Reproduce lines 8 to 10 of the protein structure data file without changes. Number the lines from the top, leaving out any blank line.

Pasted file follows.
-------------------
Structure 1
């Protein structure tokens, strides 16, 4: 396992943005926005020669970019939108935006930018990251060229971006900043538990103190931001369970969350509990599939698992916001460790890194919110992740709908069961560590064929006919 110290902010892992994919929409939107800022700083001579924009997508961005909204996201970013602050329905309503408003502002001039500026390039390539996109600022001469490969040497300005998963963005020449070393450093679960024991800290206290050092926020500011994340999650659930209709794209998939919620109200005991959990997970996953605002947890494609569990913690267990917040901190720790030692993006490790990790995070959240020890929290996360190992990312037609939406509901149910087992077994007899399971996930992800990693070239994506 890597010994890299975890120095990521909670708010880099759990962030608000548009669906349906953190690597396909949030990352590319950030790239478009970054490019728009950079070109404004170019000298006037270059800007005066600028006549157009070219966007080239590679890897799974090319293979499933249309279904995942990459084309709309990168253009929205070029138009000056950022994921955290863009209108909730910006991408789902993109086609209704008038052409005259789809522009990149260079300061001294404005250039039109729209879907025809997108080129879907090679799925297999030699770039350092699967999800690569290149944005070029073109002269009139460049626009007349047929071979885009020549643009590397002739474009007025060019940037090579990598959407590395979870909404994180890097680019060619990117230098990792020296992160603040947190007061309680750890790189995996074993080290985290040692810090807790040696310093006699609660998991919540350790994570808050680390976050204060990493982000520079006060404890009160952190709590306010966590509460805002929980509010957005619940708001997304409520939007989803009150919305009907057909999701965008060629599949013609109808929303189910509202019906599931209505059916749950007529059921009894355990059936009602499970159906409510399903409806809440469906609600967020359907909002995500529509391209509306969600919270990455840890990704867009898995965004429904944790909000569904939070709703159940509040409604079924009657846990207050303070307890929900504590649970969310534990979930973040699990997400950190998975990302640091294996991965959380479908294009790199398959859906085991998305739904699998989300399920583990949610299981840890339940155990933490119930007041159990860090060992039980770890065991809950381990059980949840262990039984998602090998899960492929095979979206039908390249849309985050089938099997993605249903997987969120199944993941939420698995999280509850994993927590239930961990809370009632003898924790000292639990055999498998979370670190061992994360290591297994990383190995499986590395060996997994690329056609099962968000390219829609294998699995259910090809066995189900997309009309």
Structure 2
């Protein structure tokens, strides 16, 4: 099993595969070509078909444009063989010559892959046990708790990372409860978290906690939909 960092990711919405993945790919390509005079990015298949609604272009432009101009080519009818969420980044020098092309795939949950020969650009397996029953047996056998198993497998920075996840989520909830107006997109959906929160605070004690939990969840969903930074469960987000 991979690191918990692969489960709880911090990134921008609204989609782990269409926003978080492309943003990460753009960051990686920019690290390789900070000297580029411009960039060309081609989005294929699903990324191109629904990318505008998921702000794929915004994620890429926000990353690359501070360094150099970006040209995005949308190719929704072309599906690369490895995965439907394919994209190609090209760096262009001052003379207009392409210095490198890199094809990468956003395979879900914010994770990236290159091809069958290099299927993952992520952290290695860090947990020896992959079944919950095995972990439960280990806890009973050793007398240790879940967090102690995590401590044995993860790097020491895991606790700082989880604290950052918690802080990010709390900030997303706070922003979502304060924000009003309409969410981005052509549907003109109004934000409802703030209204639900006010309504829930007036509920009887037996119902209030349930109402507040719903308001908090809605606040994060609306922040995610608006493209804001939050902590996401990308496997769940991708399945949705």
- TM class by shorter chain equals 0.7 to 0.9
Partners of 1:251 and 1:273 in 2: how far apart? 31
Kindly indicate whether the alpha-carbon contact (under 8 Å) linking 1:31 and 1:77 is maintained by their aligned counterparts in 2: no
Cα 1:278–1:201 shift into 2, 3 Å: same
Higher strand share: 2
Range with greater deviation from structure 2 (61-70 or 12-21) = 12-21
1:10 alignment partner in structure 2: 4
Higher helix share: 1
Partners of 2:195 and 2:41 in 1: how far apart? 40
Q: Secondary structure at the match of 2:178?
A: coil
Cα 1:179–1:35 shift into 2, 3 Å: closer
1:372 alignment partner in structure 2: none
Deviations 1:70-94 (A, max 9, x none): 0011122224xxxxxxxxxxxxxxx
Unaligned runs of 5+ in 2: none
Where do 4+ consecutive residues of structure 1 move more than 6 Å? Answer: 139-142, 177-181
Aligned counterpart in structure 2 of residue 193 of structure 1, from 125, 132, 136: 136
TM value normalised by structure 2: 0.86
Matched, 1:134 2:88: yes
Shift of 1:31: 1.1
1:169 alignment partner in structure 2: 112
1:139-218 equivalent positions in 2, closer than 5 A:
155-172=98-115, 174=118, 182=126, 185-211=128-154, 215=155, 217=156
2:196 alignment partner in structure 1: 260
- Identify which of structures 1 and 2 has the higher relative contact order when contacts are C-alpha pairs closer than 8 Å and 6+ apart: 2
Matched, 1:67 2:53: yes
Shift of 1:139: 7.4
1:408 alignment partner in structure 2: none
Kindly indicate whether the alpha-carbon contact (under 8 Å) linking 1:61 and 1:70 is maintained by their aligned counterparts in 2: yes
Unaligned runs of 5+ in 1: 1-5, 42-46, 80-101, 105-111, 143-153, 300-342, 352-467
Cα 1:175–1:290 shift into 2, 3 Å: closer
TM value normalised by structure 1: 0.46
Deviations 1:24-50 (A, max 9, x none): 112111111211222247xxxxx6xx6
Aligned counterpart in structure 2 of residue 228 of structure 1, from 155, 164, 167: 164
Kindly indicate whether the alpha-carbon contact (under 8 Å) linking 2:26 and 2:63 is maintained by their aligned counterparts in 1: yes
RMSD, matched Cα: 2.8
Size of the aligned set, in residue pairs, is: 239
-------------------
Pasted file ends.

Cα 1:278–1:201 shift into 2, 3 Å: same
Higher strand share: 2
Range with greater deviation from structure 2 (61-70 or 12-21) = 12-21